• What subjects, topics, and other content areas can I spend less time on due to prior assessment data?
  • What do my colleagues say about the students in my classroom?
  • What support do students in my class already receive?

Master teachers understand that their planning for the school year starts before the first day of school. They use all the collected data to make adjustments to content, materials, and instructional time on specific learning goals. After the school year begins, the data collection prior to instruction does not stop. These teachers collect more information to use in order to adjust and differentiate instruction. Here is a list of data that can be collected after the school year begins:

  • Student Interests - Teacher Created Survey
  • Student Strengths - Multiple Intelligence Survey
  • Pre-Assessment Data - Teacher Created Short Assessment
  • Formative Data - Teacher Created During Lesson
  • Socio-Emotional, Bullying, or Discipline Referral Data - Last Year and Current Year's Data

While teachers are starting a lesson, the first 5-10 minutes of instruction should give teachers enough information to determine a plan. The teacher then decides if the preplanned lesson will be successful to continue as planned. Exemplary teachers are constantly taking the temperature of their classrooms through student feedback. Feedback such as pre-assessments, active participation, and observation of students can give teachers information to adjust instruction for the remainder of the lesson. Here are some approaches a teacher can use to adjust instruction during a lesson:

  • Increase or Decrease Active Engagement
  • Increase or Decrease Learning Structures
  • Increase or Decrease The Time For Specific Content
  • Increase or Decrease The Time For Specific Instructional Strategy
  • Change or Modify Content and Curriculum
  • Change or Modify Instructional Strategy
  • Change or Modify Materials

After instruction, exemplary teachers use the collected data to make immediate adjustments for the next lessons or they can decide to continue with the pre-planned instruction. The data can consist of formative and summative data, observational data, and any other extraneous data to create the best learning experiences tailored to the students seated in the classroom. The same adjustments as previously stated can be used post instruction.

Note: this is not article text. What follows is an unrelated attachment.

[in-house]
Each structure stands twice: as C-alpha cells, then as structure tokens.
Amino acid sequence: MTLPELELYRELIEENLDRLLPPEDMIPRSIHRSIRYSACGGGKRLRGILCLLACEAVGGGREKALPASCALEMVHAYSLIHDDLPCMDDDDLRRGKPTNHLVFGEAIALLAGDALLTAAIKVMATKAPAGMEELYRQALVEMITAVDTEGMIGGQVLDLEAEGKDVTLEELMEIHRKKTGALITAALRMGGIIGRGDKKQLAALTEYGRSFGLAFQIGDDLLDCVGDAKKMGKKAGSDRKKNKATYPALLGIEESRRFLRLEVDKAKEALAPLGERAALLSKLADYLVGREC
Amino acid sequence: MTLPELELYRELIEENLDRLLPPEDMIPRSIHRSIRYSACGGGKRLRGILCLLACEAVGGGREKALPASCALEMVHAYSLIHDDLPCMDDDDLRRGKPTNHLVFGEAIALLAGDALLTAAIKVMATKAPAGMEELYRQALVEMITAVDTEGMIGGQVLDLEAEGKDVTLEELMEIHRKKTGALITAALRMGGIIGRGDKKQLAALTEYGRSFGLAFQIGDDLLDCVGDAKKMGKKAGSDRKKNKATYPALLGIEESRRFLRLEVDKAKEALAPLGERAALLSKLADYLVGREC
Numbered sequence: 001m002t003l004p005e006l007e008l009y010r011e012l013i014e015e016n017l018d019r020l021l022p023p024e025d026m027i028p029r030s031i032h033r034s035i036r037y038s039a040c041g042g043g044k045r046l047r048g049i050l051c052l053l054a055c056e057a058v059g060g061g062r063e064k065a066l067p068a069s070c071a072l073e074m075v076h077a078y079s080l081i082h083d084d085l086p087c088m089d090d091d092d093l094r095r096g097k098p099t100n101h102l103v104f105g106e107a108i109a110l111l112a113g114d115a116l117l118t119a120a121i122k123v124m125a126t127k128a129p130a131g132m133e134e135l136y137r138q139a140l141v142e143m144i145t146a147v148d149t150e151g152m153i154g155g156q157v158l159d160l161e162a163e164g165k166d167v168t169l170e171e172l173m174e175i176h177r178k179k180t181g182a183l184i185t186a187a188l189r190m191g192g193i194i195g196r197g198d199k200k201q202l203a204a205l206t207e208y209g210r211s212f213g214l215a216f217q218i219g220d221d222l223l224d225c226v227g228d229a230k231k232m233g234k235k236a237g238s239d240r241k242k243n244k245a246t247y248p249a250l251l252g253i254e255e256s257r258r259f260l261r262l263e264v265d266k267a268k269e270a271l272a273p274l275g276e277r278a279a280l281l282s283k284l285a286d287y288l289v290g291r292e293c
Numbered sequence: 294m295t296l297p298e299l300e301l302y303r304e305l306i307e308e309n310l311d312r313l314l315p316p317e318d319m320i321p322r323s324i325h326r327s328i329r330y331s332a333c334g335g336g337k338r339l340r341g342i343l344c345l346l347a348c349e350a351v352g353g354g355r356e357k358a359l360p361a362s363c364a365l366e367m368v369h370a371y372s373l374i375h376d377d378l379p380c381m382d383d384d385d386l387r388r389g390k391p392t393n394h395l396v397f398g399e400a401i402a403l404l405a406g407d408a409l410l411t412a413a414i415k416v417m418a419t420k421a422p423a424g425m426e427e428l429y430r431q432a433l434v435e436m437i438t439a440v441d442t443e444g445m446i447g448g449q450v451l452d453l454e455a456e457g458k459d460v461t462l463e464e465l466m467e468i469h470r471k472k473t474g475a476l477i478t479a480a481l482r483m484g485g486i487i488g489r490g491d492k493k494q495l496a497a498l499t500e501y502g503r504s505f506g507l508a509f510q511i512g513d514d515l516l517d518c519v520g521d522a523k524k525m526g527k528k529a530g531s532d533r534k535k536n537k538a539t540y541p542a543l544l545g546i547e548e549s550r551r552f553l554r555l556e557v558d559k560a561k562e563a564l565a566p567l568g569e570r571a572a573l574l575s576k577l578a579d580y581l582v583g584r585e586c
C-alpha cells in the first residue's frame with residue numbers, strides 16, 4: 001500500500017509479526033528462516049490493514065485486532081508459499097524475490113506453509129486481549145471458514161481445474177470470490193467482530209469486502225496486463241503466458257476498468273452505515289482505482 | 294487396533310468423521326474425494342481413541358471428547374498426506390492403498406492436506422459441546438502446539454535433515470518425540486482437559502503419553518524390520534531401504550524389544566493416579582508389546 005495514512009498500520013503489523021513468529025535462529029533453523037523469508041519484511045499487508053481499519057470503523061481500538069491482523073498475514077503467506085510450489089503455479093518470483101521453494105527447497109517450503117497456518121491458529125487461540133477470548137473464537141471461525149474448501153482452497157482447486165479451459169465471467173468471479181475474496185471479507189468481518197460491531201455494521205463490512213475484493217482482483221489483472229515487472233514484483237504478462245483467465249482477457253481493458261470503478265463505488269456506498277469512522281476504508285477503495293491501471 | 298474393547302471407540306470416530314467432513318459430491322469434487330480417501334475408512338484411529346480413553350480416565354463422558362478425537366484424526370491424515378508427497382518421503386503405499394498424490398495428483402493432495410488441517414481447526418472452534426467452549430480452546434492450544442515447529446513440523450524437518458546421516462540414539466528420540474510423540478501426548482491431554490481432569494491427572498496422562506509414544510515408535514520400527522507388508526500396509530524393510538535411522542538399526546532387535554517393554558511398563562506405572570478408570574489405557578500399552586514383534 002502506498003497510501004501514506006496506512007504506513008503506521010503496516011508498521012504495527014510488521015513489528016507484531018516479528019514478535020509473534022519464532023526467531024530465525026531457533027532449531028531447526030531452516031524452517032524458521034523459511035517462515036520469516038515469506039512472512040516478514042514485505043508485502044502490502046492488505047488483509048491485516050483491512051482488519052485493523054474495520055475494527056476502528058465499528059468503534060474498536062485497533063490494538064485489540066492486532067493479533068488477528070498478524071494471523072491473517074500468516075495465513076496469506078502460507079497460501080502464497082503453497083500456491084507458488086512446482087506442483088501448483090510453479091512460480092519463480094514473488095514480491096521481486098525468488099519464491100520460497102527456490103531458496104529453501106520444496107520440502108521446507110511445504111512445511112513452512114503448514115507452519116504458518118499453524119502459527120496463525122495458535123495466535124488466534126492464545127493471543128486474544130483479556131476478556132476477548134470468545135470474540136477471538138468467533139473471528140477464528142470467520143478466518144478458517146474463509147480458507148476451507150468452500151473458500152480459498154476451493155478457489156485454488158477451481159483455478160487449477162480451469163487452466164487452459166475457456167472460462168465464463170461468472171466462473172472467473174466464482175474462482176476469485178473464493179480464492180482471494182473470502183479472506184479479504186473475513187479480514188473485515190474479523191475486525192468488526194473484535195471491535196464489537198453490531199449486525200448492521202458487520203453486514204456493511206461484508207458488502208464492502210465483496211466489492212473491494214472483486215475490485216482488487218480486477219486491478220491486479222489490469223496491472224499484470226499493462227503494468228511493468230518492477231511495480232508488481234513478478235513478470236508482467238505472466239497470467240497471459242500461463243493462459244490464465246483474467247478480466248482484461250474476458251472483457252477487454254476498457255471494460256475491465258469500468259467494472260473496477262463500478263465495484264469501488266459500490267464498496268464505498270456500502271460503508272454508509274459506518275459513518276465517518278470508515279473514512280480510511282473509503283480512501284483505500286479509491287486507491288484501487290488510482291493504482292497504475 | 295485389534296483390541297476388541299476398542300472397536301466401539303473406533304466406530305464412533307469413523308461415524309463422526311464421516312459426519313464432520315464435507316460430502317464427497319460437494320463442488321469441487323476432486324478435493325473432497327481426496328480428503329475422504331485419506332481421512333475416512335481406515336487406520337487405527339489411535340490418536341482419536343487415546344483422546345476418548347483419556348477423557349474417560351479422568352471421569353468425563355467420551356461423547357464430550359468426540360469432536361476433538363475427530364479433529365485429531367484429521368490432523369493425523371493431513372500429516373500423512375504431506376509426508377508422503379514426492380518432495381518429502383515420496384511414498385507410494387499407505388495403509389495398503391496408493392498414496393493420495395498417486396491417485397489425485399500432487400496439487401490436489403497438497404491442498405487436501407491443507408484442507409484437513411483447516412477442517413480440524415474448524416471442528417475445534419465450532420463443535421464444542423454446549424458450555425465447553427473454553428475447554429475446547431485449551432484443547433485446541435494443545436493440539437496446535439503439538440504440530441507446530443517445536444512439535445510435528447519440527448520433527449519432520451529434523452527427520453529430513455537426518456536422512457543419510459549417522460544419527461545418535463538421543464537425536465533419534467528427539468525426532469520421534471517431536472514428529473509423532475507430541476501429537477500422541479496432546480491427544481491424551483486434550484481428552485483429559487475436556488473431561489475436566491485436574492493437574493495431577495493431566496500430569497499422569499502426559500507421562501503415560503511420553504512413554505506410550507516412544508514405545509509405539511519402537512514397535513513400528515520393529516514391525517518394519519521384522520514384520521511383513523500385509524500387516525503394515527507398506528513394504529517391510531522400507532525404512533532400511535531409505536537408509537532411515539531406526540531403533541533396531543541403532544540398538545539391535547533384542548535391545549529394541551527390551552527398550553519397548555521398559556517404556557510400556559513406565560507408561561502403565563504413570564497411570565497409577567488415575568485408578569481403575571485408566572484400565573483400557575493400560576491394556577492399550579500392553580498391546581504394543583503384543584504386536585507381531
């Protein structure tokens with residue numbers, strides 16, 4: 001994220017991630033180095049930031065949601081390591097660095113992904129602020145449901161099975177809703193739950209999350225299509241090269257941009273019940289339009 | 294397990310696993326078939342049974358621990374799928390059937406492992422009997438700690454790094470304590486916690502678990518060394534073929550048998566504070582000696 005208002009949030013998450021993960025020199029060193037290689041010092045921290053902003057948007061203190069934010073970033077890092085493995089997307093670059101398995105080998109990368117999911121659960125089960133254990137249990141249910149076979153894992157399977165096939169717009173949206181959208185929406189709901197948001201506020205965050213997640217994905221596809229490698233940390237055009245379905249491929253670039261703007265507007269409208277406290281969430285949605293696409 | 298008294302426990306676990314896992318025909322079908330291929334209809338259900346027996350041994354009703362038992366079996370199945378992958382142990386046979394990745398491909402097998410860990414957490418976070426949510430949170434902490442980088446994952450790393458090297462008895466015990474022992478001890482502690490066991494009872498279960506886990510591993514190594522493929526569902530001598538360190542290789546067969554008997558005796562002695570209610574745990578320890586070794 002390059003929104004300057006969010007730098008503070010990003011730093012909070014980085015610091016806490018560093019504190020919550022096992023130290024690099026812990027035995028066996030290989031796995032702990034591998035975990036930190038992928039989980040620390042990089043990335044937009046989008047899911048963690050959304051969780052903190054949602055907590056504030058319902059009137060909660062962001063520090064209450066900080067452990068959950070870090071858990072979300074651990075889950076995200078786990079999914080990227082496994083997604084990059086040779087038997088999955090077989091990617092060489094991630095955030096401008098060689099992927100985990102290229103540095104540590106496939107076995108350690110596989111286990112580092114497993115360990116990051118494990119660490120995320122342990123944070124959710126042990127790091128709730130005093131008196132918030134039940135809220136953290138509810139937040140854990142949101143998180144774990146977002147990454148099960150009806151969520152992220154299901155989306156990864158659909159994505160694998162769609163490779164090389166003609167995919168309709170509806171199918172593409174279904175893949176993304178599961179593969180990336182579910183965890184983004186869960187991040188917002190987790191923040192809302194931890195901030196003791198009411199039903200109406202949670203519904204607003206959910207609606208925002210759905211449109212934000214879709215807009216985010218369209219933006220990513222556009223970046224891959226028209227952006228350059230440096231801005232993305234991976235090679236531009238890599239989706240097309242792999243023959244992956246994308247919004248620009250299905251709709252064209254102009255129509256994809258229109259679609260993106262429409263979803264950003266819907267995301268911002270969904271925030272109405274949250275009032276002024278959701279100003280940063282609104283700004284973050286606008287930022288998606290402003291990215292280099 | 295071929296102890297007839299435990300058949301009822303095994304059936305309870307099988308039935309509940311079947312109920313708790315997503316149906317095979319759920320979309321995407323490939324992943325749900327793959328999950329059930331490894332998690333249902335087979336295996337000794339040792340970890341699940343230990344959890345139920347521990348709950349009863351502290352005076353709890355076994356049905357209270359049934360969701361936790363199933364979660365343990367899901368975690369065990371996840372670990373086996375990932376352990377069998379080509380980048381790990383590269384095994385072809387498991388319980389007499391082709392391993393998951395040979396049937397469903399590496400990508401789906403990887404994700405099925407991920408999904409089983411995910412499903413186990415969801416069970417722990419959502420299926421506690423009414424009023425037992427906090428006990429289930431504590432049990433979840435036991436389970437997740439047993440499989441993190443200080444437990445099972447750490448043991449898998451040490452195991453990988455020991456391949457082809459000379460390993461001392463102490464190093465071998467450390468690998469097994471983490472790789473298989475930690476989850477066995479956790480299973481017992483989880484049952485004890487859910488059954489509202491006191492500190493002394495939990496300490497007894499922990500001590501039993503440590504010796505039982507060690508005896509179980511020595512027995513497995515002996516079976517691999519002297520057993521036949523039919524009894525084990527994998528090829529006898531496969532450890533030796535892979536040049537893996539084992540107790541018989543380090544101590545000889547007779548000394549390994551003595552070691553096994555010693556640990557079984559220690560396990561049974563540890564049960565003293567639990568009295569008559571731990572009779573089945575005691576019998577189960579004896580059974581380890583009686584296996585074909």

2 - How Big Is Your Proverbial Toolbox of Alternate Instructional Strategies?

When a teacher makes a choice to veer away from the original instructional plan, due to seeing a student or classroom need, an alternate instructional strategy might be a solution. Exemplary teachers know when to change their instructional plans, and they have other strategies that fit the given situation. Through experience and student feedback, a teacher builds their toolbox of strategies.

Experienced teachers understand that students come into the classroom in various moods. For example, if a class arrives chatty with high energy, the teacher needs to add some learning structures that involve talking and movement. This may not be in the lesson plans for the day. Quickly, the teacher decides that the learning structure titled, "Inside-Outside Circle" would best get students up and talking. Using the same content, the teacher can now harness the energy and chatty nature of the students…thus, using their powers for good!

Exemplary teachers also understand that when a group of students is have difficulties understanding the content, they must be responsive. For example, if a teacher finds that four students need the content retaught in a different fashion, the teacher pulls them into a small group and begins. The teacher may use manipulatives to make the concept more concrete so students can connect to prior learning.

Another example is the ability for a teacher to use the interests and strengths of the students to connect and teach a new concept. For example, if a student likes basketball, but is having a difficult time understanding the mathematical concept of "average" or "mean." The teacher can pull statistics from a current basketball player to teach this concept.

The more years of experience, added with research and communication with colleagues, support a teacher's transition from proficient to the exemplary level. Exemplary teachers can match current struggling students with successful student scenarios from the past.

Sponsored Content

3 - How Do You Take Advantage of "Teaching Moments?"